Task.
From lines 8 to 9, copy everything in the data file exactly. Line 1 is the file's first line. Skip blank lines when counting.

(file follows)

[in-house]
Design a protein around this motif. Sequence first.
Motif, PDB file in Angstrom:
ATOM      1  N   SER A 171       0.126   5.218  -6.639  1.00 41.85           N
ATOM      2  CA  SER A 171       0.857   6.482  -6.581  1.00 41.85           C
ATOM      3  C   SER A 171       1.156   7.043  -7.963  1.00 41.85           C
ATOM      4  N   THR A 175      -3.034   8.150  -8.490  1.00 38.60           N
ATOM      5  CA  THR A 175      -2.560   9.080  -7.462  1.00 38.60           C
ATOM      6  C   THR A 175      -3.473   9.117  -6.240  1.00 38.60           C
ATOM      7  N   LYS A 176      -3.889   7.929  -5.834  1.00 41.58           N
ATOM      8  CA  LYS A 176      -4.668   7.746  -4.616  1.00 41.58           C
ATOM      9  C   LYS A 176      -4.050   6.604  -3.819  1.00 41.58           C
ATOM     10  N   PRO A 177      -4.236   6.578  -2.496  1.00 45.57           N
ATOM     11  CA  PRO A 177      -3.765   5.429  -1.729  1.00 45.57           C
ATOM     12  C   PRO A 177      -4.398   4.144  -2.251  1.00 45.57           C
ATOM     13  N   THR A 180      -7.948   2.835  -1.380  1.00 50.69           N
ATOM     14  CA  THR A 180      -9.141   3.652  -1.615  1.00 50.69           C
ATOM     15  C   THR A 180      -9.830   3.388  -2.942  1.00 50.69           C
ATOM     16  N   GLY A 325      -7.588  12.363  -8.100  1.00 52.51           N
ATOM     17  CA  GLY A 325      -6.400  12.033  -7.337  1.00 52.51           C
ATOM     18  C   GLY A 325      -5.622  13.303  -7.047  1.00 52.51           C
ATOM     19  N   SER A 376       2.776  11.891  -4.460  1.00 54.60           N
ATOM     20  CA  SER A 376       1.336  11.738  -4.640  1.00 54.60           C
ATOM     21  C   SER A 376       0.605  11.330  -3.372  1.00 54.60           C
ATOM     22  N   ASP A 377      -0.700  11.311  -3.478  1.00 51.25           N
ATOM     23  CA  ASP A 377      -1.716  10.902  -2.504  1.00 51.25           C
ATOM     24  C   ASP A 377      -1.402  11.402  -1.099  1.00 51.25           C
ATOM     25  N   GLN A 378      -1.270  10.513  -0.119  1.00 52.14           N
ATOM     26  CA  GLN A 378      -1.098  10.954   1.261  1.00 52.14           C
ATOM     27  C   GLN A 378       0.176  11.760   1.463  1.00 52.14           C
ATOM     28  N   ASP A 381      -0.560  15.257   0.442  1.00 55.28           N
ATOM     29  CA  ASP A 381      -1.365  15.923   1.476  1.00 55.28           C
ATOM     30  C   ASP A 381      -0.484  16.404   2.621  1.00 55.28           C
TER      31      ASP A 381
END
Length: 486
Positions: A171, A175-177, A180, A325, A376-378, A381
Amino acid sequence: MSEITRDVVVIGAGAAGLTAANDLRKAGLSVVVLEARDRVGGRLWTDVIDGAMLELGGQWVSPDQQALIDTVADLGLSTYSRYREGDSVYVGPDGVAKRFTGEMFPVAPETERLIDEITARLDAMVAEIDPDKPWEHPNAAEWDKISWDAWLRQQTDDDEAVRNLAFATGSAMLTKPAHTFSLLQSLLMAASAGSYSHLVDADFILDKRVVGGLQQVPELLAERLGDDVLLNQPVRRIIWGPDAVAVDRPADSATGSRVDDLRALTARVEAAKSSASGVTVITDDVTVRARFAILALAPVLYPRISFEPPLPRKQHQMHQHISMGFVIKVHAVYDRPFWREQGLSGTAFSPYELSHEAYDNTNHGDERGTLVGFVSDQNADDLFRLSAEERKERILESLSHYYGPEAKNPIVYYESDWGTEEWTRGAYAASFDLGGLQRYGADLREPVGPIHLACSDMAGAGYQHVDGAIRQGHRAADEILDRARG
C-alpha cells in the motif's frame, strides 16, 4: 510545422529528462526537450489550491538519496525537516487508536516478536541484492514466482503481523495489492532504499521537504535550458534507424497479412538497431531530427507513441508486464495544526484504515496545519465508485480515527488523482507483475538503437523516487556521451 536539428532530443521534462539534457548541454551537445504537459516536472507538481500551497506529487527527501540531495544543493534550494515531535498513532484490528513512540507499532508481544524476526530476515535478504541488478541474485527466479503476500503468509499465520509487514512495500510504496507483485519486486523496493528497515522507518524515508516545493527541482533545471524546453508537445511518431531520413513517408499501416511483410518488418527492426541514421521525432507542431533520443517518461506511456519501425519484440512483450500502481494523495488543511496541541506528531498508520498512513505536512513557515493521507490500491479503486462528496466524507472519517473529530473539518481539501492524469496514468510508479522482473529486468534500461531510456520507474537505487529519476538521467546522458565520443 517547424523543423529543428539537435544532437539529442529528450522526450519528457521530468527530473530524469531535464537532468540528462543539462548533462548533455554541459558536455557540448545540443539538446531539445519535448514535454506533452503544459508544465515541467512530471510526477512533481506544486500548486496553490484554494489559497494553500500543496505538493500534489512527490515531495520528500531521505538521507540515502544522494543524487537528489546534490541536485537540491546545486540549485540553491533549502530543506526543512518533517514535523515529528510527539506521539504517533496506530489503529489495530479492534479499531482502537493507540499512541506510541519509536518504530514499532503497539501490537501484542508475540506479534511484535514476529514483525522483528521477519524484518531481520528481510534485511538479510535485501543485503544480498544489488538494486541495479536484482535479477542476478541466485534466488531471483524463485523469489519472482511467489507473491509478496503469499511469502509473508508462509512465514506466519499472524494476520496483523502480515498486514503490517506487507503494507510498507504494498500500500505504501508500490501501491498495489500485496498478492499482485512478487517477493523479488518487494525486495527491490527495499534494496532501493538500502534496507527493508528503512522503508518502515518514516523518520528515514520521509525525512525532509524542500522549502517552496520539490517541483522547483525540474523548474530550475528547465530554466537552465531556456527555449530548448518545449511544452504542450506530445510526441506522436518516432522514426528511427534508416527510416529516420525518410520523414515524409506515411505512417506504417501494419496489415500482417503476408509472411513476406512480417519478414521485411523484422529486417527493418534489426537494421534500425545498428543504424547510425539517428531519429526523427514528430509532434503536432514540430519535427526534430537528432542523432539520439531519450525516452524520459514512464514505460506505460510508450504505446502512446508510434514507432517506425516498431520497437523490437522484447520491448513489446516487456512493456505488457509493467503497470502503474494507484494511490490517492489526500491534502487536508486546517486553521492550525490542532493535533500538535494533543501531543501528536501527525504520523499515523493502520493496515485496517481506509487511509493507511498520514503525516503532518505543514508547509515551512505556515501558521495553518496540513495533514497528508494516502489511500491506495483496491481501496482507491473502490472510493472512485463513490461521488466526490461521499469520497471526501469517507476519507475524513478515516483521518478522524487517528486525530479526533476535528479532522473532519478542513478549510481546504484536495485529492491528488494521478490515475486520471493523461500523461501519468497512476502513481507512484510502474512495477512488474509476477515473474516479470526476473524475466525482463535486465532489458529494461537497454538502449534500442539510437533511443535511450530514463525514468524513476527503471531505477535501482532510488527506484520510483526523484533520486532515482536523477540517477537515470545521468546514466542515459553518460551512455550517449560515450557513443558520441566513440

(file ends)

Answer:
ATOM      5  CA  THR A 175      -2.560   9.080  -7.462  1.00 38.60           C
ATOM      6  C   THR A 175      -3.473   9.117  -6.240  1.00 38.60           C